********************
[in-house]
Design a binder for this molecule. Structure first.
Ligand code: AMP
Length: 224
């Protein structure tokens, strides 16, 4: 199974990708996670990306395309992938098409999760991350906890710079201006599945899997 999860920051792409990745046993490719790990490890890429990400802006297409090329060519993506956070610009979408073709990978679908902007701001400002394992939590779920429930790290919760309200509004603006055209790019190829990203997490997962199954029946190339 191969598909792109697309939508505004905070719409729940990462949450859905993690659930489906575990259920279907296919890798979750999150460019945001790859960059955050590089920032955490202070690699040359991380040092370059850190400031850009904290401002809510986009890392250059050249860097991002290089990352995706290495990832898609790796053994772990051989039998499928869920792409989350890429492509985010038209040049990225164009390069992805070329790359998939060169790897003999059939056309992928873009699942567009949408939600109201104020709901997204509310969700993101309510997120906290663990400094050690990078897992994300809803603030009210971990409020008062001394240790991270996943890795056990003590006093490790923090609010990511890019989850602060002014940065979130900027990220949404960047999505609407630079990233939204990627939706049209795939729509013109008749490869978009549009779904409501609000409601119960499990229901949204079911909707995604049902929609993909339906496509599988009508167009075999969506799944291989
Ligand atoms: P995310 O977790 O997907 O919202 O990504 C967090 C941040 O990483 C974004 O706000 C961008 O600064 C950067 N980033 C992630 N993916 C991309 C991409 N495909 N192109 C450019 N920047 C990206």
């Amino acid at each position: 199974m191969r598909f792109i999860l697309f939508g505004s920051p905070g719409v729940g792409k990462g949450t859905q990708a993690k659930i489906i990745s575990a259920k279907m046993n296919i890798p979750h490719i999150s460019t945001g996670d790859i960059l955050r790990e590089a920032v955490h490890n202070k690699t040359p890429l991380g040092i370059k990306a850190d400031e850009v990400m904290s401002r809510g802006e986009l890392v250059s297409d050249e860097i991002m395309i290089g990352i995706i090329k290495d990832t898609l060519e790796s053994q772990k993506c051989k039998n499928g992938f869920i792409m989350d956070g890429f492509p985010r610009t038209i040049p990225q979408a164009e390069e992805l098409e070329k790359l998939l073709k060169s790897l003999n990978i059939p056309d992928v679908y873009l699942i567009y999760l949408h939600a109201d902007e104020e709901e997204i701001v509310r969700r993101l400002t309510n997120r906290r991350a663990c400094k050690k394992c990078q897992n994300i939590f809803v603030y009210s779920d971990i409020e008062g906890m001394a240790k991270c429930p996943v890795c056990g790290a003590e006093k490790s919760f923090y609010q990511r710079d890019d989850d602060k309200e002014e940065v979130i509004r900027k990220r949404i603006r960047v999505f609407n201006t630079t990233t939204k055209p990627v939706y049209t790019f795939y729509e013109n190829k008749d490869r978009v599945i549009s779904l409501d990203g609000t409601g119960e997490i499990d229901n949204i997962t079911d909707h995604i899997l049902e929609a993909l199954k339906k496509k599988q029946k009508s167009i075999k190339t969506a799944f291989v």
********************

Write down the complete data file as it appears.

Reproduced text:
[in-house]
Design a binder for this molecule. Structure first.
Ligand code: AMP
Length: 224
């Protein structure tokens, strides 16, 4: 199974990708996670990306395309992938098409999760991350906890710079201006599945899997 999860920051792409990745046993490719790990490890890429990400802006297409090329060519993506956070610009979408073709990978679908902007701001400002394992939590779920429930790290919760309200509004603006055209790019190829990203997490997962199954029946190339 191969598909792109697309939508505004905070719409729940990462949450859905993690659930489906575990259920279907296919890798979750999150460019945001790859960059955050590089920032955490202070690699040359991380040092370059850190400031850009904290401002809510986009890392250059050249860097991002290089990352995706290495990832898609790796053994772990051989039998499928869920792409989350890429492509985010038209040049990225164009390069992805070329790359998939060169790897003999059939056309992928873009699942567009949408939600109201104020709901997204509310969700993101309510997120906290663990400094050690990078897992994300809803603030009210971990409020008062001394240790991270996943890795056990003590006093490790923090609010990511890019989850602060002014940065979130900027990220949404960047999505609407630079990233939204990627939706049209795939729509013109008749490869978009549009779904409501609000409601119960499990229901949204079911909707995604049902929609993909339906496509599988009508167009075999969506799944291989
Ligand atoms: P995310 O977790 O997907 O919202 O990504 C967090 C941040 O990483 C974004 O706000 C961008 O600064 C950067 N980033 C992630 N993916 C991309 C991409 N495909 N192109 C450019 N920047 C990206």
């Amino acid at each position: 199974m191969r598909f792109i999860l697309f939508g505004s920051p905070g719409v729940g792409k990462g949450t859905q990708a993690k659930i489906i990745s575990a259920k279907m046993n296919i890798p979750h490719i999150s460019t945001g996670d790859i960059l955050r790990e590089a920032v955490h490890n202070k690699t040359p890429l991380g040092i370059k990306a850190d400031e850009v990400m904290s401002r809510g802006e986009l890392v250059s297409d050249e860097i991002m395309i290089g990352i995706i090329k290495d990832t898609l060519e790796s053994q772990k993506c051989k039998n499928g992938f869920i792409m989350d956070g890429f492509p985010r610009t038209i040049p990225q979408a164009e390069e992805l098409e070329k790359l998939l073709k060169s790897l003999n990978i059939p056309d992928v679908y873009l699942i567009y999760l949408h939600a109201d902007e104020e709901e997204i701001v509310r969700r993101l400002t309510n997120r906290r991350a663990c400094k050690k394992c990078q897992n994300i939590f809803v603030y009210s779920d971990i409020e008062g906890m001394a240790k991270c429930p996943v890795c056990g790290a003590e006093k490790s919760f923090y609010q990511r710079d890019d989850d602060k309200e002014e940065v979130i509004r900027k990220r949404i603006r960047v999505f609407n201006t630079t990233t939204k055209p990627v939706y049209t790019f795939y729509e013109n190829k008749d490869r978009v599945i549009s779904l409501d990203g609000t409601g119960e997490i499990d229901n949204i997962t079911d909707h995604i899997l049902e929609a993909l199954k339906k496509k599988q029946k009508s167009i075999k190339t969506a799944f291989v």